It’s been almost two weeks since I returned from FOSS4G 2017 in Boston, Massachusetts (USA), and I wanted to take a little time to regroup and get caught up before settling down to write about it.

It was a busy week, highlighted for me and the Spatial Networks team by the first-ever Fulcrum Live event. Held on the second day of workshops, it was our first user conference for Fulcrum, the mobile data collection platform by Spatial Networks. The event went off without issue, so we are very happy about that.

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Thoughts on the Geospatial Data Act of 2017

Before delving into this topic, a big disclaimer is important: I am not a lawyer or a lobbyist or any sort of professional policy expert. The following analysis is based on 25 years experience providing geospatial consulting services to the federal government. You should read the full text of the bill yourself and draw your own conclusions.

On 23 June 2017, the American Association of Geographers (AAG) published a newsletter titled “A New Plot to Hijack GIS and Mapping,” which laid out AAG’s position on the Geospatial Data Act of 2017 . The title caught my attention, and, as is my preference, I stopped reading the AAG piece and went straight to the text of the bill.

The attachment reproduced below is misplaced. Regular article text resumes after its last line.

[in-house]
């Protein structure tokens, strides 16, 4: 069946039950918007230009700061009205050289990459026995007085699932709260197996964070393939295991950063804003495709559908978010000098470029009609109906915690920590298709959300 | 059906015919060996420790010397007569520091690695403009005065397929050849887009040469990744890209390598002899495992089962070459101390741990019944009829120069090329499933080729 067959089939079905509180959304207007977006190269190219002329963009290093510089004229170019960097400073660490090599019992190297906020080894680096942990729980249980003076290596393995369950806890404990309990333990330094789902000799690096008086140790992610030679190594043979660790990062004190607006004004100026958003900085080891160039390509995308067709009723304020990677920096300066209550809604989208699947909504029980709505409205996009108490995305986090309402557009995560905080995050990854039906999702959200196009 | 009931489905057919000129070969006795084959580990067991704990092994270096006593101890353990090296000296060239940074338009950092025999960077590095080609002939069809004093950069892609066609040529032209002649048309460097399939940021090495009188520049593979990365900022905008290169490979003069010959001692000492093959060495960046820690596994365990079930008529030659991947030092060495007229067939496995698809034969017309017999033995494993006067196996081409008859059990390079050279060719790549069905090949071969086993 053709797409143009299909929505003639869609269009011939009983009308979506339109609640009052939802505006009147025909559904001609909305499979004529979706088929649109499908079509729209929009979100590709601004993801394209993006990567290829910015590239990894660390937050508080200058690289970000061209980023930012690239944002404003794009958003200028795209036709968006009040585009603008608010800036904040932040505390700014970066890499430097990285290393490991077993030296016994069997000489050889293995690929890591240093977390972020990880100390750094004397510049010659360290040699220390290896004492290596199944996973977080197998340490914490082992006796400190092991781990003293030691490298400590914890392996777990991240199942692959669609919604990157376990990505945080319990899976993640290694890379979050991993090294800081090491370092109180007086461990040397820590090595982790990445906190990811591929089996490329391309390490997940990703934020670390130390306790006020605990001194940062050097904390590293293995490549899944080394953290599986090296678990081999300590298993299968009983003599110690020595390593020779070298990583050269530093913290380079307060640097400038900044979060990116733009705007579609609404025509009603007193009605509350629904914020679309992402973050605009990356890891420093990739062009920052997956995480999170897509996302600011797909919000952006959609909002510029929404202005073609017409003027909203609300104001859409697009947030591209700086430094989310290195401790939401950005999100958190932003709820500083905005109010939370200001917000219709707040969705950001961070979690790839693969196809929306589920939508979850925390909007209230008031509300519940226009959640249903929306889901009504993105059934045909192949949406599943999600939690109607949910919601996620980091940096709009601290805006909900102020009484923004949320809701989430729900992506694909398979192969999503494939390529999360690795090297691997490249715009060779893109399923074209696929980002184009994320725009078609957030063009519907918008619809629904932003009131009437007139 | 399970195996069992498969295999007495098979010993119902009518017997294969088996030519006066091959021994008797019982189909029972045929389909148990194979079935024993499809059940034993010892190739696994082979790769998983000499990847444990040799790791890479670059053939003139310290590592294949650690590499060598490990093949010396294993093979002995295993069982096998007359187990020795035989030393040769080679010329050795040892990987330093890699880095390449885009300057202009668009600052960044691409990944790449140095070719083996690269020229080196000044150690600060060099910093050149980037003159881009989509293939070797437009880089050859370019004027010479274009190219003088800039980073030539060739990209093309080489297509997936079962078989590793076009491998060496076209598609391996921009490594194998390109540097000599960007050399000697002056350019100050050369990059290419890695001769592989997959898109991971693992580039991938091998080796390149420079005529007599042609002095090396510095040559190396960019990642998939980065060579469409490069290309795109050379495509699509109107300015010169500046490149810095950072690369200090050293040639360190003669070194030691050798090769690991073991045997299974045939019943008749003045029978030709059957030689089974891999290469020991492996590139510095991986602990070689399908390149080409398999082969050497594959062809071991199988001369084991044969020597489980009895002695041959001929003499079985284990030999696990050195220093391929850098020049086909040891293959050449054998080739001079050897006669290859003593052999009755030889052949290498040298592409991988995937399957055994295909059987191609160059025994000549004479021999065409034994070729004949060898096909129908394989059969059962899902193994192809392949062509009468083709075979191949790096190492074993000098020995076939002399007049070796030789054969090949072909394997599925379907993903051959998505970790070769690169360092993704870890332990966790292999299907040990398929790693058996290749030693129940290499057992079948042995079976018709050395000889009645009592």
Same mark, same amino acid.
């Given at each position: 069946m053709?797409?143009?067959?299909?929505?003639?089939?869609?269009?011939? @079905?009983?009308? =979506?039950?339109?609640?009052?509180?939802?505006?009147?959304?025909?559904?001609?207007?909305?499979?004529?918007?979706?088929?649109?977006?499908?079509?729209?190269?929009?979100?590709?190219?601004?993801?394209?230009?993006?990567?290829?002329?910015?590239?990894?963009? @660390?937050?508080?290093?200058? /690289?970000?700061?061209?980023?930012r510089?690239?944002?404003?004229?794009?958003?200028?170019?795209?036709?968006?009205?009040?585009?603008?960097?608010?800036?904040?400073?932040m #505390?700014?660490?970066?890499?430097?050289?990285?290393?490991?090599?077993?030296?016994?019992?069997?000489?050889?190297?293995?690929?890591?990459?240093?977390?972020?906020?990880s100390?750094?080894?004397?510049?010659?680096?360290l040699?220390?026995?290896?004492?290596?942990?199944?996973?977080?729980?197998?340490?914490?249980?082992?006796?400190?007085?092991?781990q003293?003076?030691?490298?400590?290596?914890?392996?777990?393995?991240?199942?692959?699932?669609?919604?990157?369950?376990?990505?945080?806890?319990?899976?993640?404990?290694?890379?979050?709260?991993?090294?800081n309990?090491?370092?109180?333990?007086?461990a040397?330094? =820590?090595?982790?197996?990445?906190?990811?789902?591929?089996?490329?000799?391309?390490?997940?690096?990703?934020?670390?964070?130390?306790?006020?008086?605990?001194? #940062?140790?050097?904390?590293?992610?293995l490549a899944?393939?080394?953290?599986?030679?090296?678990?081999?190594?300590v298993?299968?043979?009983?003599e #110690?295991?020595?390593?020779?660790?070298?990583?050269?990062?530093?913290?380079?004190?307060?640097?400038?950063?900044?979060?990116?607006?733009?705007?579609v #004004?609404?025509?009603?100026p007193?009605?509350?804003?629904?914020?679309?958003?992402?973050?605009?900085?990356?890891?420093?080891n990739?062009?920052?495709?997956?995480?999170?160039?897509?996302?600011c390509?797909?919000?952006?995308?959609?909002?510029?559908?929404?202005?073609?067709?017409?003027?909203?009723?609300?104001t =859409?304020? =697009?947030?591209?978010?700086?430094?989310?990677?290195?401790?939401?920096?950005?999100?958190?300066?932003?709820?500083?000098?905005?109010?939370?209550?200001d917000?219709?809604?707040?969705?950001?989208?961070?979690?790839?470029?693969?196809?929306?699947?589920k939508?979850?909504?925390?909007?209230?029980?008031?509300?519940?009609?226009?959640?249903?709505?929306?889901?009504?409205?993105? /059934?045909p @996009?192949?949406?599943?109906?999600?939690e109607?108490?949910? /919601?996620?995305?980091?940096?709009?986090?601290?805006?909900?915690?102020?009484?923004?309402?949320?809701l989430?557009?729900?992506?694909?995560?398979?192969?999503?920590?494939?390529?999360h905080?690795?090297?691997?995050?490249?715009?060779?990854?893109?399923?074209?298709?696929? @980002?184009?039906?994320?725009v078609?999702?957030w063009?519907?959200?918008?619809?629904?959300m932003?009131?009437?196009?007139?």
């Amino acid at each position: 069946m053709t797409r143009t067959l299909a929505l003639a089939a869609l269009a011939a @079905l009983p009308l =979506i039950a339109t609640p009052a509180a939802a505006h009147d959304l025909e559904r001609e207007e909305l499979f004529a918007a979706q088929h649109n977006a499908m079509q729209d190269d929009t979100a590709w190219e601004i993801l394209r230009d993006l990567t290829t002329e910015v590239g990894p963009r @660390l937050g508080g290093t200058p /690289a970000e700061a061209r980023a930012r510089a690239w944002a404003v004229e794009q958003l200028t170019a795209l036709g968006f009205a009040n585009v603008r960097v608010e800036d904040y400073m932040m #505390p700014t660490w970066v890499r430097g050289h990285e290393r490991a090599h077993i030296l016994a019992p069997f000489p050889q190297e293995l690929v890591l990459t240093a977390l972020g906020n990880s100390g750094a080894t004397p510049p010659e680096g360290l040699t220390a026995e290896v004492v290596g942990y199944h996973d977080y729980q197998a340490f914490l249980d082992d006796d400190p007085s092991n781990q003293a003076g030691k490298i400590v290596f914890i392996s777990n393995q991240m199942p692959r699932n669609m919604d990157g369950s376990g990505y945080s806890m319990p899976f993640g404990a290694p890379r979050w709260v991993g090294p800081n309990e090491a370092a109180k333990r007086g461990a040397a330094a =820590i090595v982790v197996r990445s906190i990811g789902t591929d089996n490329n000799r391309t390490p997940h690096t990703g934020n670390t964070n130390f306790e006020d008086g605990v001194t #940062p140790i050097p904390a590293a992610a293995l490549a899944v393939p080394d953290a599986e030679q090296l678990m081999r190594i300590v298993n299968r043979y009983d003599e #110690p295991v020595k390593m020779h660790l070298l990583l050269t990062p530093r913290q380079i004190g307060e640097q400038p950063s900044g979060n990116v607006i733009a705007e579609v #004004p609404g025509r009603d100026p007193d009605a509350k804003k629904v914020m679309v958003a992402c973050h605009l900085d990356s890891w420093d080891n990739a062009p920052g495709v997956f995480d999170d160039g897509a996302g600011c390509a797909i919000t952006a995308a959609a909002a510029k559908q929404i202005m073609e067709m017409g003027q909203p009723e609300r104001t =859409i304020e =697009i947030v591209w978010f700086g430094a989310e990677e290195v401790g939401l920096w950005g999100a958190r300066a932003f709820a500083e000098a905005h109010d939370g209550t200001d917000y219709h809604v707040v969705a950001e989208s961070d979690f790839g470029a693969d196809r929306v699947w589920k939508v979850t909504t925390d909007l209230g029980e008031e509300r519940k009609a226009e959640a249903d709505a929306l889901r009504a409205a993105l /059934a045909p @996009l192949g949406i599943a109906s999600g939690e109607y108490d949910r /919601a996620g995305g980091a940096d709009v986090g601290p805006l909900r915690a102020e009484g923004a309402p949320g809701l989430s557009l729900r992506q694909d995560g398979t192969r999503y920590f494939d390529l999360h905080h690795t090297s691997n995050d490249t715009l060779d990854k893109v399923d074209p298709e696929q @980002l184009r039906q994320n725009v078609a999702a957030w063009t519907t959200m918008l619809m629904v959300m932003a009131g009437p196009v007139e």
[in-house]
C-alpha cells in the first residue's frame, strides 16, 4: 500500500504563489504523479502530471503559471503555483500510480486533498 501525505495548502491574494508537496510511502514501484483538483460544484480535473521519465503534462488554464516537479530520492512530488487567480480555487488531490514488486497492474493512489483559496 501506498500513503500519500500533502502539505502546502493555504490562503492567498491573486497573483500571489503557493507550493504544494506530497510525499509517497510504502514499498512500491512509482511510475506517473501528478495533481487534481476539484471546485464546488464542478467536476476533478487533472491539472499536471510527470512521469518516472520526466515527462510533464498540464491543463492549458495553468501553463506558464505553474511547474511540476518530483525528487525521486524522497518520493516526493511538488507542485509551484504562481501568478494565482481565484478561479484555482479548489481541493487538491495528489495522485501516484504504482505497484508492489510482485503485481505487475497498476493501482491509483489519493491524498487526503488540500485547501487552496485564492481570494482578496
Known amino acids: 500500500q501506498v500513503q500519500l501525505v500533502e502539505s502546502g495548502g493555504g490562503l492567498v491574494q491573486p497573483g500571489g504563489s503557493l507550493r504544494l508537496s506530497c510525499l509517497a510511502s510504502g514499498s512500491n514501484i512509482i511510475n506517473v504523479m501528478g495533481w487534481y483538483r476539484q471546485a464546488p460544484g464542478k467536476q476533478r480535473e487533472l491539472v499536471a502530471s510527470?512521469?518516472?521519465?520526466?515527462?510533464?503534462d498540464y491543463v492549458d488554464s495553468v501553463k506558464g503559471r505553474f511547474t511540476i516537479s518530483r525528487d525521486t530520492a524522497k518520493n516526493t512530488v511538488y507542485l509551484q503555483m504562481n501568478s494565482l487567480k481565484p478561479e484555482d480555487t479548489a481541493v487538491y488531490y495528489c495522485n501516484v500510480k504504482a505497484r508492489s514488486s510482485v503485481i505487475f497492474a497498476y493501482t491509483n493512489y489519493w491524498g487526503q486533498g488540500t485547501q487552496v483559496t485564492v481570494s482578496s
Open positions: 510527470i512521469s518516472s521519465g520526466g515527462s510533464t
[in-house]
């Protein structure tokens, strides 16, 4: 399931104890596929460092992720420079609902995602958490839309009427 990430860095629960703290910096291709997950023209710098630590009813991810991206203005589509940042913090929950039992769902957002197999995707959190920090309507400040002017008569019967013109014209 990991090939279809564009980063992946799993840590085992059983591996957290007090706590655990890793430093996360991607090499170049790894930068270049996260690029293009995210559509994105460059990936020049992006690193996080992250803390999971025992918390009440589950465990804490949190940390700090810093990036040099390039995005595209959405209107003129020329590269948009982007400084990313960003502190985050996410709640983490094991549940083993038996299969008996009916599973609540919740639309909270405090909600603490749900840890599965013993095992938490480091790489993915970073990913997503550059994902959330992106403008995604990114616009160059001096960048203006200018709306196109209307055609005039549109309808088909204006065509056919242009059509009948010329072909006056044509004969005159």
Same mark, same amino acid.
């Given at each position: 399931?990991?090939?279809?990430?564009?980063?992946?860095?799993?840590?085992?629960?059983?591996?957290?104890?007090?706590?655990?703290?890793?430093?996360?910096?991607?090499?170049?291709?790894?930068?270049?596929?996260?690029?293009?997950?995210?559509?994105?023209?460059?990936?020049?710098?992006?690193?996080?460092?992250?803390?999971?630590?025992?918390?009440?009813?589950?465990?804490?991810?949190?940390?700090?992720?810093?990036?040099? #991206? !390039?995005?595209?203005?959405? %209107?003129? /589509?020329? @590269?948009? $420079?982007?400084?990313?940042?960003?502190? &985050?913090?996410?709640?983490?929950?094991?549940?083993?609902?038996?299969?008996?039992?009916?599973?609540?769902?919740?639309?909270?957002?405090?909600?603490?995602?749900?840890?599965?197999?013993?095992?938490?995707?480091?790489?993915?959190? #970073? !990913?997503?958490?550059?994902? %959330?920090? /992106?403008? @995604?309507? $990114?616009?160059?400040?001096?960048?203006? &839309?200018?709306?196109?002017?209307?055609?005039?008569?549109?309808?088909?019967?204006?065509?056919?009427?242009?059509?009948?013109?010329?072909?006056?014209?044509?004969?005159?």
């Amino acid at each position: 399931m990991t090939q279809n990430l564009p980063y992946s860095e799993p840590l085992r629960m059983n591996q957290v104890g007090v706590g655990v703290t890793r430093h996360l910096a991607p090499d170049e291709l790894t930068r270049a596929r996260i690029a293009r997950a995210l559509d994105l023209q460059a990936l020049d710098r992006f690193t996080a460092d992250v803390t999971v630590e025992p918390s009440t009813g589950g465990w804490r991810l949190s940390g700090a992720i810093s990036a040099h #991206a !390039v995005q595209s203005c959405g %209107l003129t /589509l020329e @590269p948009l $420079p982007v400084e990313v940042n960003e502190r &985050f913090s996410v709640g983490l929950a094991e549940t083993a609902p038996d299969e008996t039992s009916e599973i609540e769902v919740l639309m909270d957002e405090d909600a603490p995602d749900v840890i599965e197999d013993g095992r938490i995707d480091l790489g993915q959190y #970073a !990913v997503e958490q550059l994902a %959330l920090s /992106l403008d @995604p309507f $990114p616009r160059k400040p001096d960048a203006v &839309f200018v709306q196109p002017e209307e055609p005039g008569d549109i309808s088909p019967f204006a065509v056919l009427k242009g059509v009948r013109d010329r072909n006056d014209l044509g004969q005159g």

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Refreshing a PostGIS Materialized View in FME

I am following up my previous post with an extremely simple example using FME to kick off the refresh of a materialized view (matview) after a data import. I had never used FME prior to coming to Spatial Networks, but now I’m hooked. I’m having a really hard time finding things it can’t do.

As I mentioned in my last post, it’s really easy to refresh a matview in PostgreSQL using the REFRESH MATERIALIZED VIEW statement. This leaves open the possibility of automating the refresh as appropriate in an application or other process.

I decided to illustrate this using a basic FME example. Using the cellular tower data set from my past post, I extracted a table containing only the records for the state of Maryland. The towers data set contains the two letter abbreviation for the state, but not the full state name. So, I built a matview to join the state name to a subset of columns from the towers data set. The SQL for that matview is here: